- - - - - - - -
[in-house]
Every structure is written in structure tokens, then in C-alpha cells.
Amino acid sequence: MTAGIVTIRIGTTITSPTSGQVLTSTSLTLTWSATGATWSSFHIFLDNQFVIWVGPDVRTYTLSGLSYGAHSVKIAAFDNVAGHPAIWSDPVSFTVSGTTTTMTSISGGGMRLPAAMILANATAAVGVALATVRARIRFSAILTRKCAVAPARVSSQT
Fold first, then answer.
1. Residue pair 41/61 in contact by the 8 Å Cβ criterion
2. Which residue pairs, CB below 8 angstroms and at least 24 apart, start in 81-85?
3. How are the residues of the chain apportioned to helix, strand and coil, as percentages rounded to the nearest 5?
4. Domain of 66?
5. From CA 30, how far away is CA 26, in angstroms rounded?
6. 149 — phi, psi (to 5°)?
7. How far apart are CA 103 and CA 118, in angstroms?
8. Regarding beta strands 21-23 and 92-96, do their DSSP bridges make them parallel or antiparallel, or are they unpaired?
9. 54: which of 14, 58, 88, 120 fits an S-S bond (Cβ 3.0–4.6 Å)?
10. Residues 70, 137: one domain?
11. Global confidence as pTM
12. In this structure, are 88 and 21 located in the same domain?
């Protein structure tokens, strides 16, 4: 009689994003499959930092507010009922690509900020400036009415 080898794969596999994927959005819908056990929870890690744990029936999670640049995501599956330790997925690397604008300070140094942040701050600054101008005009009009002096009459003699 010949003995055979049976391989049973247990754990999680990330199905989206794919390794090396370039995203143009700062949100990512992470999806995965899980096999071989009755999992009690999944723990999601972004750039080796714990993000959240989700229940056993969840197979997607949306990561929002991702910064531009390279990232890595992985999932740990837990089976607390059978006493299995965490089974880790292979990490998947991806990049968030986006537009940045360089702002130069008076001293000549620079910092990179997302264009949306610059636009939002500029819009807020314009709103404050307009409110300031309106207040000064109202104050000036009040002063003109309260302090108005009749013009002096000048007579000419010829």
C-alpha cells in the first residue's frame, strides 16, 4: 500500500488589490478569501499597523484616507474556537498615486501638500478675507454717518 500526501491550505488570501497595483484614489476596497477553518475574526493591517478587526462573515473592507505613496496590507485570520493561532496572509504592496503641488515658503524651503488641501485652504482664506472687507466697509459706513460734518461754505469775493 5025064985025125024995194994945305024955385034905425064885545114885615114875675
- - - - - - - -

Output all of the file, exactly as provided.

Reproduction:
[in-house]
Every structure is written in structure tokens, then in C-alpha cells.
Amino acid sequence: MTAGIVTIRIGTTITSPTSGQVLTSTSLTLTWSATGATWSSFHIFLDNQFVIWVGPDVRTYTLSGLSYGAHSVKIAAFDNVAGHPAIWSDPVSFTVSGTTTTMTSISGGGMRLPAAMILANATAAVGVALATVRARIRFSAILTRKCAVAPARVSSQT
Fold first, then answer.
1. Residue pair 41/61 in contact by the 8 Å Cβ criterion
2. Which residue pairs, CB below 8 angstroms and at least 24 apart, start in 81-85?
3. How are the residues of the chain apportioned to helix, strand and coil, as percentages rounded to the nearest 5?
4. Domain of 66?
5. From CA 30, how far away is CA 26, in angstroms rounded?
6. 149 — phi, psi (to 5°)?
7. How far apart are CA 103 and CA 118, in angstroms?
8. Regarding beta strands 21-23 and 92-96, do their DSSP bridges make them parallel or antiparallel, or are they unpaired?
9. 54: which of 14, 58, 88, 120 fits an S-S bond (Cβ 3.0–4.6 Å)?
10. Residues 70, 137: one domain?
11. Global confidence as pTM
12. In this structure, are 88 and 21 located in the same domain?
């Protein structure tokens, strides 16, 4: 009689994003499959930092507010009922690509900020400036009415 080898794969596999994927959005819908056990929870890690744990029936999670640049995501599956330790997925690397604008300070140094942040701050600054101008005009009009002096009459003699 010949003995055979049976391989049973247990754990999680990330199905989206794919390794090396370039995203143009700062949100990512992470999806995965899980096999071989009755999992009690999944723990999601972004750039080796714990993000959240989700229940056993969840197979997607949306990561929002991702910064531009390279990232890595992985999932740990837990089976607390059978006493299995965490089974880790292979990490998947991806990049968030986006537009940045360089702002130069008076001293000549620079910092990179997302264009949306610059636009939002500029819009807020314009709103404050307009409110300031309106207040000064109202104050000036009040002063003109309260302090108005009749013009002096000048007579000419010829």
C-alpha cells in the first residue's frame, strides 16, 4: 500500500488589490478569501499597523484616507474556537498615486501638500478675507454717518 500526501491550505488570501497595483484614489476596497477553518475574526493591517478587526462573515473592507505613496496590507485570520493561532496572509504592496503641488515658503524651503488641501485652504482664506472687507466697509459706513460734518461754505469775493 5025064985025125024995194994945305024955385034905425064885545114885615114875675